As an artist I try to create work that is fully ‘contemporary’. Multiplicity, dynamics, continuous change and movement are essential contemporary ideas for me, and consequently I try to make them part of my artistic practice. ‘Transformation’ is the general concept that steers my art.
From early on in my higher art education I was convinced that ‘the idea’ must be the origin of what I create, i.e. that every idea, within itself, contains the necessity to receive the perfect artistic form. These ideas are often social subjects, but the start could just as well be an innovative or varying method, style or technique.
In order to express these ideas, I constantly try to broaden my knowledge and develop myself as an artist, often through self-study. I never stop to further investigate, rework or complete a work of art that I have made. When the change arises from the form of the artwork, I will look for a link in its content, and vice versa.
This method often leads to a ‘double layer’ in my art. It then results in a certain esthetic formula that I will study for a while and try to perfect. The consideration that, stylewise, I have to be consistent and recognizable is not my concern.
This continuous transformation has become a general vision that I have called ‘creative dynamism’. ‘Creative’ in the sense that I make the idea the core of my art and then look for the best possible form to match it. Method, style, theme and technique are subordinate to this. ‘Dynamism’ because I challenge myself to change and because I interpret my work as a continuously changing process.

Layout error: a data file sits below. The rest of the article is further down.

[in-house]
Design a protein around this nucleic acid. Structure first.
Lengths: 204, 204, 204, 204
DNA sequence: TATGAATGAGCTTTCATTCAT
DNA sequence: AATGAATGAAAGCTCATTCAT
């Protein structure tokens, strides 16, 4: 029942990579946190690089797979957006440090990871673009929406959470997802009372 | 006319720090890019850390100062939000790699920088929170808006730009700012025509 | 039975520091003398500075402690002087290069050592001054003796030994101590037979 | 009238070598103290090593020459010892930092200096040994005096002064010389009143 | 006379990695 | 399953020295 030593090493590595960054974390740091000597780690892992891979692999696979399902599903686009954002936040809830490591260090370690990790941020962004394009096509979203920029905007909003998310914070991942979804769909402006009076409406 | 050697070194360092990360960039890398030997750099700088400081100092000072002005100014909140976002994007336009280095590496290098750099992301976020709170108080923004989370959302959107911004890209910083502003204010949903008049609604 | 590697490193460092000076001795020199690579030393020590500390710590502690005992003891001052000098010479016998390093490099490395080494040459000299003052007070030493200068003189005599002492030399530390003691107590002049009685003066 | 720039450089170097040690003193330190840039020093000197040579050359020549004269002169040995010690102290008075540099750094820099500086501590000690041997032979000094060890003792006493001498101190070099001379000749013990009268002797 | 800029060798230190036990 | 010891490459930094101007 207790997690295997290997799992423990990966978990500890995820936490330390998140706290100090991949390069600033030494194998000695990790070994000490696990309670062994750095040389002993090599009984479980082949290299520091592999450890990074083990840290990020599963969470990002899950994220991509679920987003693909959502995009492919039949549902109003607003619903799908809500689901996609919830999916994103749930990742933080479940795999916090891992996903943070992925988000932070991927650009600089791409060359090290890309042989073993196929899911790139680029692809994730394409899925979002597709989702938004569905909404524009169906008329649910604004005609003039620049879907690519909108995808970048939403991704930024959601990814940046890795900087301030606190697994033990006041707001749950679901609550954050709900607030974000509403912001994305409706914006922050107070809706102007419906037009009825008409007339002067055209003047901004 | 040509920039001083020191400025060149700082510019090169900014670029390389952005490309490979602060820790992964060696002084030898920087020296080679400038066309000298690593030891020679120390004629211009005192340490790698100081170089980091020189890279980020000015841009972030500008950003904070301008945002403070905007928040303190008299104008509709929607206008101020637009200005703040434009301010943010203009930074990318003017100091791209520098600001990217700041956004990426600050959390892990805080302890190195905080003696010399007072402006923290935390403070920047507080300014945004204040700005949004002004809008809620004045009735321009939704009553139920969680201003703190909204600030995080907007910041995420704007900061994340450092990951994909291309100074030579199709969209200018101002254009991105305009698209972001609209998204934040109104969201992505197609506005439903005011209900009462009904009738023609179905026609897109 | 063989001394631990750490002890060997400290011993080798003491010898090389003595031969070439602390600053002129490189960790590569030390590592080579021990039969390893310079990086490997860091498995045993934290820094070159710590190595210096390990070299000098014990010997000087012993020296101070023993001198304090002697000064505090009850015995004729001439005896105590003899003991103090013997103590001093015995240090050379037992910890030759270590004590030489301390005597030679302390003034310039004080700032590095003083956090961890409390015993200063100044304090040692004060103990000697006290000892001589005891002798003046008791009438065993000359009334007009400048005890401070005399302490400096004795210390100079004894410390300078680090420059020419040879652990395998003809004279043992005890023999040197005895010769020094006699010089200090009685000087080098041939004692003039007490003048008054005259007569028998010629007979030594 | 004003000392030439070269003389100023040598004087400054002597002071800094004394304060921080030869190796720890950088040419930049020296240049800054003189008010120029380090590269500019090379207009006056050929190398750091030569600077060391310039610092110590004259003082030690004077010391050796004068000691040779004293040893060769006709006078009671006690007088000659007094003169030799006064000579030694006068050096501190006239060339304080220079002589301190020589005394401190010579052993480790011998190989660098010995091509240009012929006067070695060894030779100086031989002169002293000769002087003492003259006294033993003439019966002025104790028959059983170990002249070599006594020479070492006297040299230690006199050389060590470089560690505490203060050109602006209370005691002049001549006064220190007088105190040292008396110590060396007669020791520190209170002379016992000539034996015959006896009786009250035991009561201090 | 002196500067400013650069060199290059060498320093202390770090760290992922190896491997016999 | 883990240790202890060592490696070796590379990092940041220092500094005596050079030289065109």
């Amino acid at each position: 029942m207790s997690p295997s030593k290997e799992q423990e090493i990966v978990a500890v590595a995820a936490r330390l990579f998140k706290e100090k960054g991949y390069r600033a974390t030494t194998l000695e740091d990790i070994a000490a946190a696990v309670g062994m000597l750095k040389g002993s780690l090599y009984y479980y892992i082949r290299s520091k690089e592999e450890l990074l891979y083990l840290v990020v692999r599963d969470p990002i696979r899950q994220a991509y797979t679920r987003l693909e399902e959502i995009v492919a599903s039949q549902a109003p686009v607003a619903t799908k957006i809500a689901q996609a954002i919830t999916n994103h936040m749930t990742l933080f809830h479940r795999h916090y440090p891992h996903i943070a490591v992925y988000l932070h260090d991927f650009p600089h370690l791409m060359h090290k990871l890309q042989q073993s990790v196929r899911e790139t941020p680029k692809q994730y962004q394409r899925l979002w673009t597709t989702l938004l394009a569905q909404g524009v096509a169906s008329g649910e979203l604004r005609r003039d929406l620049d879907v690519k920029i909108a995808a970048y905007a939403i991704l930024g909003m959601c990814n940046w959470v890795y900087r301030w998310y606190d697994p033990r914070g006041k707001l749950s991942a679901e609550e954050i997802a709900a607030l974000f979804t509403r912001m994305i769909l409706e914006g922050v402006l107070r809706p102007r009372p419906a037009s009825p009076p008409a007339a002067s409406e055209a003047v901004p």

My oeuvre is consists of seven subdivisions to which I add new creations as I go along.
- ‘Virtual transformation’: 3D animations of transforming objects and scenes which are only possible in a virtual context.
- ‘Sculptures in difference’: three-dimensional work in different materials, e.g. metals, plastics and 3D prints, sometimes completed with multimedia. Different subjects are used, such as violence, robotics, technology, death, power, metamorphoses etc.
- ‘Reconstructive acts’: three-dimensional works or paintings are broken down, reconstructed, moved etc., thus creating a dynamic change in them. 3D animations can be linked to the reconstruction.
- ‘Changing painting methods’: series of paintings with different subjects, in which I study method, style and technique, sometimes combined with video and 3D animation.
- ‘Technological transformation’: works are transformed by technology and virtually visualised, enabling later execution in reality.
- ‘Matter and deformation’: research into the use of materials to transform sculptures and paintings, sometimes combined with virtual simulations.
- ‘Drawing variations’: drawings transformed by method, style and/or content.
Below a text from 2017, in which I looked for references and works of art in which I found any element or elements of change.